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Fifty-six year old President Abraham Lincoln was assassinated by the misguided and murderous thespian, John Wilkes Booth, at Ford’s Theatre on the night of April 14, 1865. in the Peterson House across the street from the theatre.

The , however, managed to print a relatively crude woodcut image of Booth on the front page of its April 17th edition (below). At that same time and place, Booth’s sole get-away compatriot, David E. While on the run after the assassination of Lincoln, Booth wrote a rambling entry in his small calendar day book under the date of April 21, apparently averring that the 22 year-old Herold was a pious “brave boy:” “after being hunted like a dog … every man’s hand [was] against me [and] I am here in despair …

That drawing appears to have been based upon a horizontally flipped version of a Booth photo represented in the Library of Congress collection (also below): On April 26, 1865, John Wilkes Booth — who also had masterminded Lewis Powell’s nearly fatal attack on Secretary of State Seward and George Atzerodt’s aborted scheme to murder Vice President Johnson — was hunted down and killed by Federal cavalrymen on Richard H. Before he was shot dead, Booth would have been displeased to learn that members of the 22nd U. A country that groaned beneath [Lincoln’s] tyranny and prayed for this end and yet now behold the cold hand they extend to me …

And it is with [God] to damn or bless me [a]nd this brave boy with me who often prays (yes before and since) with a true and sincere heart …., was able to publish either stories about Lincoln’s assassination or relevant images when each went to press for its April 15 and April 22 publications.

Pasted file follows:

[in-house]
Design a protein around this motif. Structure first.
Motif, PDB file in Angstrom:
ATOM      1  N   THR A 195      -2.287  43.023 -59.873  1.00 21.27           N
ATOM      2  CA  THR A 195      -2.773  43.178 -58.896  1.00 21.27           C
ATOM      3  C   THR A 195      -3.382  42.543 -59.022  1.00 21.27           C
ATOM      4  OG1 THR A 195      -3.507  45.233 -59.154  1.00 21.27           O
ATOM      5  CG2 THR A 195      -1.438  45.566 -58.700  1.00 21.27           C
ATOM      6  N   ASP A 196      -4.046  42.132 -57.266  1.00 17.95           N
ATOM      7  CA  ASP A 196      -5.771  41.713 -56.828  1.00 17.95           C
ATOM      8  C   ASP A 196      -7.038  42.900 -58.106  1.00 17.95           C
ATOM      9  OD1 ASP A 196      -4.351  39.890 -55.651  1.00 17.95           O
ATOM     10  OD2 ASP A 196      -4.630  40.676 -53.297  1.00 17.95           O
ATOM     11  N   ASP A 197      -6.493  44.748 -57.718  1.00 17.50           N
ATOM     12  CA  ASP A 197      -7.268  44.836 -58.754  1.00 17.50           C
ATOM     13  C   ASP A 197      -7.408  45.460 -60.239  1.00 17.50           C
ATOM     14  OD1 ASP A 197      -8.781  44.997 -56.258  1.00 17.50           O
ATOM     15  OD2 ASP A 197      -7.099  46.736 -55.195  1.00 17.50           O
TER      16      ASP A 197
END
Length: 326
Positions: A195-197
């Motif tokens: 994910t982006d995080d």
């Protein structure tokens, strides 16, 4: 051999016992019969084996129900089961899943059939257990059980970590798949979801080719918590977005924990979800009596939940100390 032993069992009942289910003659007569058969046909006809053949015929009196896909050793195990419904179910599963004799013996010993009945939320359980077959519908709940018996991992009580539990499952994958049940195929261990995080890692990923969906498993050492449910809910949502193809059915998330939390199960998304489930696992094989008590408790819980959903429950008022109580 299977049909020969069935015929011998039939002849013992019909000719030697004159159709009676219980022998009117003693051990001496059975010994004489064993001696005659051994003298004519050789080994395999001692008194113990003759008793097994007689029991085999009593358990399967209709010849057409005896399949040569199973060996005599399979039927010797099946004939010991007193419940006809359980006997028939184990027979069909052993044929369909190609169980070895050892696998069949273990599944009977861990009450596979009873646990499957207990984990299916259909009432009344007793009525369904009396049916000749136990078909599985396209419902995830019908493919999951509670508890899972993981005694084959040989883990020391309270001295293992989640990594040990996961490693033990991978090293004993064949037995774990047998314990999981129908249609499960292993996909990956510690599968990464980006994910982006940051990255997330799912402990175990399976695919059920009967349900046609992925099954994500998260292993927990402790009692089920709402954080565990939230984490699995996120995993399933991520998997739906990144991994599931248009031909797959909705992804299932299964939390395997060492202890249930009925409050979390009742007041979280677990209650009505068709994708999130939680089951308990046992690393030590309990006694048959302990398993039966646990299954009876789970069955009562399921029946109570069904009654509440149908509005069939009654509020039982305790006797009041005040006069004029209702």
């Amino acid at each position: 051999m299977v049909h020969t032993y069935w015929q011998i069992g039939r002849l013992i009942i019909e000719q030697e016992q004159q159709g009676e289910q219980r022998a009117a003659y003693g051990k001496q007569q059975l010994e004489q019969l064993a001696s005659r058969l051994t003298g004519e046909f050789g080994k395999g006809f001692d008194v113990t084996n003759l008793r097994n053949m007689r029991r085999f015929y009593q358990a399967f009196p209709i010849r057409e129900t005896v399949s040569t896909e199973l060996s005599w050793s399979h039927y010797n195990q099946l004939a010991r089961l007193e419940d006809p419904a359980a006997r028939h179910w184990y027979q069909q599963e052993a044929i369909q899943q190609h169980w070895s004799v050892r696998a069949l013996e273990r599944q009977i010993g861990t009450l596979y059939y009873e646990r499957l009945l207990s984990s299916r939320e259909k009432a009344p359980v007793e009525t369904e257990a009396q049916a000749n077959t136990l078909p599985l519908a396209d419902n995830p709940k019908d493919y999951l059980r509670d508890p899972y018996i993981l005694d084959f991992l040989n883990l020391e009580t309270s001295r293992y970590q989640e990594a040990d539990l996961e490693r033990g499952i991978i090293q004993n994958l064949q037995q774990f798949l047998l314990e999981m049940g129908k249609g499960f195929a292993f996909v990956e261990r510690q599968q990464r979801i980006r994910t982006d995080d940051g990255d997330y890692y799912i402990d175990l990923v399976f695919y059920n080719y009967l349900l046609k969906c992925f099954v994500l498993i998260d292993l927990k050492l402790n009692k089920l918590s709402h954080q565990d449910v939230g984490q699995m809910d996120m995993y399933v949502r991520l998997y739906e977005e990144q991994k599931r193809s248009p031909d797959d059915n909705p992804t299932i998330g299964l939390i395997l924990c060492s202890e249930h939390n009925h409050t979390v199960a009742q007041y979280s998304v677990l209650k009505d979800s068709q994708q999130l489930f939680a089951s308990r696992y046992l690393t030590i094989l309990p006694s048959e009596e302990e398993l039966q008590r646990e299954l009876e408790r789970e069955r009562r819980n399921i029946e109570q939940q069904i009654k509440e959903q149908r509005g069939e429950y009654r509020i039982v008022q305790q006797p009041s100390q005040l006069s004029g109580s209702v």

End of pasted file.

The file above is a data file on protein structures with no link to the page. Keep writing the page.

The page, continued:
Even with a team of engravers working on individual square sections of an illustration, it took probably utilized some variant of the photo below, right (both courtesy of the Library of Congress).

The 26 year-old Booth had posed for many photographs during his lifetime in several different cities.

The illustrations in To honor and memorialize the loss of “Father Abraham,” the cover of Harper’s next edition on May 6, 1865 featured a large engraving of a bespectacled Lincoln seated in a chair with his youngest son, Tad, standing directly by his side. An 1865 copyrighted version by Berger reveals that he supplied to a retouched photo to make it appear (a) as if it had been taken at the White House rather than Brady’s studio and (b) that the President was reading Bible passages to his youngest son.

This paternalistic image was derived from a photograph taken by Anthony Berger on February 9, 1864 when Berger managed Mathew Brady’s Washington, D. The “book” perched on Lincoln’s crossed leg actually was a photograph album handed to Lincoln in the studio in order to grab Tad’s rapt attention.

Even the chair was modified by the placement of fringe dangling from its arm and some sort of fabric draped on its slightly straightened back.

likely received a copy of Anthony Berger’s photograph of Lincoln within a few days after Lincoln’s death in order to have the necessary two week lead time required for an engraving of it to appear on its May 6th cover.

But erroneously credited “Brady” as the photographer in the caption beneath the image (see above).

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